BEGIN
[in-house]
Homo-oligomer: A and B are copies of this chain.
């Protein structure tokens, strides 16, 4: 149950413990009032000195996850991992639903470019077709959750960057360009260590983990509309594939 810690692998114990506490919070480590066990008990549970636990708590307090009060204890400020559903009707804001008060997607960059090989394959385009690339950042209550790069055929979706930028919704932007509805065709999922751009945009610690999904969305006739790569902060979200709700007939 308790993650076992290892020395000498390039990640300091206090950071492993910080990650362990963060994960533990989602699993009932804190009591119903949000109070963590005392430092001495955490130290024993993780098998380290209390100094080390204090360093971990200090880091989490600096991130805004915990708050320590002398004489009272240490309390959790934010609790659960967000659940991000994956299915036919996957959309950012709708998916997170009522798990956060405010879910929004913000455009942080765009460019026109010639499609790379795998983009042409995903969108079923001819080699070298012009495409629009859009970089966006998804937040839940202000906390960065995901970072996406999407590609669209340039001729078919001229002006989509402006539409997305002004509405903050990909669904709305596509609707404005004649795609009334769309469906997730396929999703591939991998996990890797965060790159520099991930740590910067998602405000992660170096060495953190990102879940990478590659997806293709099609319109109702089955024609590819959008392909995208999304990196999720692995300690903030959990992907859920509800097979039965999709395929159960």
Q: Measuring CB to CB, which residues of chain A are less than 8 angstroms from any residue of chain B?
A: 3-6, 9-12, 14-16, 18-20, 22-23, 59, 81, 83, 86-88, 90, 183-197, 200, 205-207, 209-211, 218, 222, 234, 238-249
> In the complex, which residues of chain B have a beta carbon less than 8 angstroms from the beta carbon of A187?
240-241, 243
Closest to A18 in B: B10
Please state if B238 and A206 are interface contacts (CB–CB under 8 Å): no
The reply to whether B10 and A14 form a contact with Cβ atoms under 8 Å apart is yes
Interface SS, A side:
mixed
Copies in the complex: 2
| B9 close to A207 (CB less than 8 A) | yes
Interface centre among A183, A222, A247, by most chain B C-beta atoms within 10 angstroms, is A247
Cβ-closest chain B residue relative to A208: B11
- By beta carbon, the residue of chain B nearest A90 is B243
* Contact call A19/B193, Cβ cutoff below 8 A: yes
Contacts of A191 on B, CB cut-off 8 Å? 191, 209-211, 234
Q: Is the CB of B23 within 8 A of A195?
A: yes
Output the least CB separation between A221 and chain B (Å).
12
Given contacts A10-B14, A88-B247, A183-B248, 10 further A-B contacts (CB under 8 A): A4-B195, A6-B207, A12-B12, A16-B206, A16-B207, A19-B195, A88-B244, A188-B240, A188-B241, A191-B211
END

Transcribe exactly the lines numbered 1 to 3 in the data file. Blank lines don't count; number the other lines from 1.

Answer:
[in-house]
Homo-oligomer: A and B are copies of this chain.
């Protein structure tokens, strides 16, 4: 149950413990009032000195996850991992639903470019077709959750960057360009260590983990509309594939 810690692998114990506490919070480590066990008990549970636990708590307090009060204890400020559903009707804001008060997607960059090989394959385009690339950042209550790069055929979706930028919704932007509805065709999922751009945009610690999904969305006739790569902060979200709700007939 308790993650076992290892020395000498390039990640300091206090950071492993910080990650362990963060994960533990989602699993009932804190009591119903949000109070963590005392430092001495955490130290024993993780098998380290209390100094080390204090360093971990200090880091989490600096991130805004915990708050320590002398004489009272240490309390959790934010609790659960967000659940991000994956299915036919996957959309950012709708998916997170009522798990956060405010879910929004913000455009942080765009460019026109010639499609790379795998983009042409995903969108079923001819080699070298012009495409629009859009970089966006998804937040839940202000906390960065995901970072996406999407590609669209340039001729078919001229002006989509402006539409997305002004509405903050990909669904709305596509609707404005004649795609009334769309469906997730396929999703591939991998996990890797965060790159520099991930740590910067998602405000992660170096060495953190990102879940990478590659997806293709099609319109109702089955024609590819959008392909995208999304990196999720692995300690903030959990992907859920509800097979039965999709395929159960």